Food & Nutrition

Consumer Reports (CR) promotes itself as an unbiased source of a wide variety of product ratings. It also publishes Should I Eat This? Simple ways to know what to eat and what to avoid. I recently received the updated 4th edition. Let's see how much of the content we should swallow.
The latest results from the USDA's Pesticide Data Program confirm that America's food supply still very safe, despite allegations from activist groups to the contrary.
Sri Lanka ran a cruel experiment on its population last year by trying to mandate all-organic food production. The results are in, and they're tragic.
Baby food giant Gerber faces a class-action lawsuit alleging that it falsely marketed some of its products as "non-GMO." The litigation is frivolous, but Gerber could have done itself a favor had it avoided labeling schemes in the first place.
It's time for the UK to embrace the benefits of crop biotechnology to boost its farm sector. I make the case in a recent report for the Adam Smith Institute.
It's been said that women will do almost anything to look good. If that’s true, they can’t even compete with some male bodybuilders who take legal drugs, illegal drugs, and down another substance you might find distasteful. Perhaps disgusting. And it doesn't even work. Unreal.
The 2021 annual conference of U.S. Mayors adopted a resolution to create community “Blue Zones,” as part of the Well-Being Initiative to Combat Disease and Comorbidities. The Blue Zones program is derived from the work of Dan Buettner, a National Geographic Fellow, who identifies regions around the world where people purportedly live extraordinarily long and happy lives.
Ah, the influencer. It’s a new job category for someone who can move markets – at least for goods – by sharing their love of them. This used to be solely the domain of celebrities, but social media has significantly changed that. So when it comes to subjects related to nutrition, the question is: are they using their influence to help or hurt?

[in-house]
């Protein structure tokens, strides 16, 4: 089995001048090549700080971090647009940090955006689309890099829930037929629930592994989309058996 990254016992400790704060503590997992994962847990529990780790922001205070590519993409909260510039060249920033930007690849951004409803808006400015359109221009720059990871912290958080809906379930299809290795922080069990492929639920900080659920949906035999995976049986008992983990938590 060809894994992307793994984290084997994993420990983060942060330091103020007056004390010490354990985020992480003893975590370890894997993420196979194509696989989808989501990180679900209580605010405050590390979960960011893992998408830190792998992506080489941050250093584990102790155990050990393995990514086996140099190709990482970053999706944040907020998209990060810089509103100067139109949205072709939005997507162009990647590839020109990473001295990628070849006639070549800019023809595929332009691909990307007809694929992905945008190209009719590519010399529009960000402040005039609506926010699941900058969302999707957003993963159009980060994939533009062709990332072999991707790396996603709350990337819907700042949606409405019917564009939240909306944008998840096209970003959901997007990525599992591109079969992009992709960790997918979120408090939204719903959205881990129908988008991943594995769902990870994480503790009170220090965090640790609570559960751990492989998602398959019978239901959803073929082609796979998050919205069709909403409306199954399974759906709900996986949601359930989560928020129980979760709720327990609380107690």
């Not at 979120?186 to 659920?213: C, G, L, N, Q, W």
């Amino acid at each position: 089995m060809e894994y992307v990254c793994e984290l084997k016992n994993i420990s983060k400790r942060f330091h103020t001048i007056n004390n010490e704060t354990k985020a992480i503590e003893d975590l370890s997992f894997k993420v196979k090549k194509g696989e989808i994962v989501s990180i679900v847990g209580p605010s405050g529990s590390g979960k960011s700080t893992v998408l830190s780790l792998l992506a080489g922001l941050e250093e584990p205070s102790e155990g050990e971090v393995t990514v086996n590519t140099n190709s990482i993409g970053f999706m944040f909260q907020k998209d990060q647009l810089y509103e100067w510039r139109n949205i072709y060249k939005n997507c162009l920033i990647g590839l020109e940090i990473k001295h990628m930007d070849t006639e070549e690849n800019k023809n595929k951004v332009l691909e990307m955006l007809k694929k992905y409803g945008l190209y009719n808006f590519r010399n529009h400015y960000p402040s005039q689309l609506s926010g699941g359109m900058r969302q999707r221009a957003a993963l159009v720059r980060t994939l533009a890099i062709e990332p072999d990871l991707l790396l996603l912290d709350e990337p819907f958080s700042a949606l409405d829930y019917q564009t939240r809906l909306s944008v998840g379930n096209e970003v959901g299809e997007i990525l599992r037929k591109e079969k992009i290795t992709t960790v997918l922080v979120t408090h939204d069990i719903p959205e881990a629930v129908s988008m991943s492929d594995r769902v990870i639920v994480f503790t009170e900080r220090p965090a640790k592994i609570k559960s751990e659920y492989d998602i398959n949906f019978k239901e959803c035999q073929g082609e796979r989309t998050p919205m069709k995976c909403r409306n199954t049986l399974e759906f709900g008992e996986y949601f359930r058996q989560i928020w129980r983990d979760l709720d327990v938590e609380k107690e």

Way too many people have experienced the discomfort of food-borne illness: nausea, vomiting, diarrhea, abdominal cramps, and fever. These illnesses are usually mild, but occasionally they can lead to hospitalization, even death. It may surprise you to know that fresh fruits or vegetables can be the source of these illnesses.
Popular Science has joined the ranks of mainstream outlets that shill pesticide propaganda. Last week, the magazine published a story about glyphosate so atrocious that it could have been written by an activist at the Environmental Working Group.
The USDA's "bioengineered" (GMO) food label is expensive and pointless, facts widely disseminated by the science community. The media has been critical of the new labeling regulations as well, though for the wrong reasons. Here's a textbook example from NBC News.
The 2010 Patient Protection and Affordable Care Act (ACA) required large food chains to post the calories along with the prices for their food. According to the Center for Science in the Public Interest [1], this costs food chains roughly $45,000 each to create that information; producing the changes in menus is an additional cost. A new study shows what we got, calorie-wise, for all that fuss and bother.